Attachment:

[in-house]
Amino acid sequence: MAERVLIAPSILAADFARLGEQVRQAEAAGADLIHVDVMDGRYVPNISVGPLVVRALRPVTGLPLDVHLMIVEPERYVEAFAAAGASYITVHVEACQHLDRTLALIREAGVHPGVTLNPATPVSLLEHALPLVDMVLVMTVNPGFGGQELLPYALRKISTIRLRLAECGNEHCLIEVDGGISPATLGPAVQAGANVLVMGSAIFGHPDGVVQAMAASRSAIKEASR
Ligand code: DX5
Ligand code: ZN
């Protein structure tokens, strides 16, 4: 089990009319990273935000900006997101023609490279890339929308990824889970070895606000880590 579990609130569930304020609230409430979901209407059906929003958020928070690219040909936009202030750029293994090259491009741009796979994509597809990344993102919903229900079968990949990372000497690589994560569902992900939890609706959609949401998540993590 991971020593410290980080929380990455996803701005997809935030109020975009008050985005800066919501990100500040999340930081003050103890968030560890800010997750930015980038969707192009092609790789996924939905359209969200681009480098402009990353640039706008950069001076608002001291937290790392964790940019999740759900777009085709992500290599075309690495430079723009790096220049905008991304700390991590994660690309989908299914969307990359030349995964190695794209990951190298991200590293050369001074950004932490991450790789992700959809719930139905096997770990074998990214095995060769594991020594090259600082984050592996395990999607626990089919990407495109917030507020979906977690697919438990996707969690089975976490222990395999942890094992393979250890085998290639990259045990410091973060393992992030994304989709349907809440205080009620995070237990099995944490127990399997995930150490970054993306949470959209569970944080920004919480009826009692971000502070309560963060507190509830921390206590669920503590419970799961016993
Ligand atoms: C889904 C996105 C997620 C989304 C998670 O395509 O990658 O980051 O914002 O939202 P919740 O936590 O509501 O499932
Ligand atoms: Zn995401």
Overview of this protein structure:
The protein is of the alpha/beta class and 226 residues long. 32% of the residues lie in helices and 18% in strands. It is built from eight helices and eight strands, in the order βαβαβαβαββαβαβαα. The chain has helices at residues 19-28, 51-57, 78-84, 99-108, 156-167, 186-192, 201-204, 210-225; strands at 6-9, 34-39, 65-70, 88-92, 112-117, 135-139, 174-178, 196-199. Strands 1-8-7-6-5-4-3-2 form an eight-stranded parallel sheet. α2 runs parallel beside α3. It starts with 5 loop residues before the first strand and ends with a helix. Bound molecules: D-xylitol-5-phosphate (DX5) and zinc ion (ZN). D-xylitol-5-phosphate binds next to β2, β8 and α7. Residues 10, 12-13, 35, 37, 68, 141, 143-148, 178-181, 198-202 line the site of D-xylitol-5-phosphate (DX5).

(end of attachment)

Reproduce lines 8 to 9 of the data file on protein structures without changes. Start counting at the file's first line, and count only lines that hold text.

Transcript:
Overview of this protein structure:
The protein is of the alpha/beta class and 226 residues long. 32% of the residues lie in helices and 18% in strands. It is built from eight helices and eight strands, in the order βαβαβαβαββαβαβαα. The chain has helices at residues 19-28, 51-57, 78-84, 99-108, 156-167, 186-192, 201-204, 210-225; strands at 6-9, 34-39, 65-70, 88-92, 112-117, 135-139, 174-178, 196-199. Strands 1-8-7-6-5-4-3-2 form an eight-stranded parallel sheet. α2 runs parallel beside α3. It starts with 5 loop residues before the first strand and ends with a helix. Bound molecules: D-xylitol-5-phosphate (DX5) and zinc ion (ZN). D-xylitol-5-phosphate binds next to β2, β8 and α7. Residues 10, 12-13, 35, 37, 68, 141, 143-148, 178-181, 198-202 line the site of D-xylitol-5-phosphate (DX5).